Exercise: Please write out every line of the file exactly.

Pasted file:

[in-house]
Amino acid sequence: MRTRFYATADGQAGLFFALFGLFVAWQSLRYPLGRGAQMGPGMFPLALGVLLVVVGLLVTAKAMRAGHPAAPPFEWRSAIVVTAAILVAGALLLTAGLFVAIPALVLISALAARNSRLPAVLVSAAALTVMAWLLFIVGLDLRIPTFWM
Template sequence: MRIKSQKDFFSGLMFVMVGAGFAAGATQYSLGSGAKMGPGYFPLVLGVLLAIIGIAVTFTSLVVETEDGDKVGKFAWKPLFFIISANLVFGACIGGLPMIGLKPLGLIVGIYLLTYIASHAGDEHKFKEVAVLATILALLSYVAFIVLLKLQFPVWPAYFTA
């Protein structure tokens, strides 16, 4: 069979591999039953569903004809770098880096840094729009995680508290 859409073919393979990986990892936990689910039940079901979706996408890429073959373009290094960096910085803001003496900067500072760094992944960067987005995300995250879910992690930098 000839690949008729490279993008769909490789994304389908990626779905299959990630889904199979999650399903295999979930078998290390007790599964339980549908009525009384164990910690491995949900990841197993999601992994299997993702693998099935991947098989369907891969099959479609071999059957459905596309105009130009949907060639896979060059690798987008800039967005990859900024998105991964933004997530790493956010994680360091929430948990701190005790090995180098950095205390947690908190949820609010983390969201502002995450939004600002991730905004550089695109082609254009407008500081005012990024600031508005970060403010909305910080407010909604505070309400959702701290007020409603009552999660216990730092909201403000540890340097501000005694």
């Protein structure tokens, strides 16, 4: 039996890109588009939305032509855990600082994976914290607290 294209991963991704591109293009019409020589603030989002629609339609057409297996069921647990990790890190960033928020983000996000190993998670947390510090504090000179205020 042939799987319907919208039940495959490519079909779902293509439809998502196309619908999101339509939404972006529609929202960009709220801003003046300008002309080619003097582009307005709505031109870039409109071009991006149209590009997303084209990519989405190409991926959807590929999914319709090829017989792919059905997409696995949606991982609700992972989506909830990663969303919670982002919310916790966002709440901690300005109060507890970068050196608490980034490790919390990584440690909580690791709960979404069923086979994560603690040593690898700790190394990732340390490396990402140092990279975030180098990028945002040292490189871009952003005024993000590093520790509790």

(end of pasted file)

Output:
[in-house]
Amino acid sequence: MRTRFYATADGQAGLFFALFGLFVAWQSLRYPLGRGAQMGPGMFPLALGVLLVVVGLLVTAKAMRAGHPAAPPFEWRSAIVVTAAILVAGALLLTAGLFVAIPALVLISALAARNSRLPAVLVSAAALTVMAWLLFIVGLDLRIPTFWM
Template sequence: MRIKSQKDFFSGLMFVMVGAGFAAGATQYSLGSGAKMGPGYFPLVLGVLLAIIGIAVTFTSLVVETEDGDKVGKFAWKPLFFIISANLVFGACIGGLPMIGLKPLGLIVGIYLLTYIASHAGDEHKFKEVAVLATILALLSYVAFIVLLKLQFPVWPAYFTA
């Protein structure tokens, strides 16, 4: 069979591999039953569903004809770098880096840094729009995680508290 859409073919393979990986990892936990689910039940079901979706996408890429073959373009290094960096910085803001003496900067500072760094992944960067987005995300995250879910992690930098 000839690949008729490279993008769909490789994304389908990626779905299959990630889904199979999650399903295999979930078998290390007790599964339980549908009525009384164990910690491995949900990841197993999601992994299997993702693998099935991947098989369907891969099959479609071999059957459905596309105009130009949907060639896979060059690798987008800039967005990859900024998105991964933004997530790493956010994680360091929430948990701190005790090995180098950095205390947690908190949820609010983390969201502002995450939004600002991730905004550089695109082609254009407008500081005012990024600031508005970060403010909305910080407010909604505070309400959702701290007020409603009552999660216990730092909201403000540890340097501000005694």
């Protein structure tokens, strides 16, 4: 039996890109588009939305032509855990600082994976914290607290 294209991963991704591109293009019409020589603030989002629609339609057409297996069921647990990790890190960033928020983000996000190993998670947390510090504090000179205020 042939799987319907919208039940495959490519079909779902293509439809998502196309619908999101339509939404972006529609929202960009709220801003003046300008002309080619003097582009307005709505031109870039409109071009991006149209590009997303084209990519989405190409991926959807590929999914319709090829017989792919059905997409696995949606991982609700992972989506909830990663969303919670982002919310916790966002709440901690300005109060507890970068050196608490980034490790919390990584440690909580690791709960979404069923086979994560603690040593690898700790190394990732340390490396990402140092990279975030180098990028945002040292490189871009952003005024993000590093520790509790």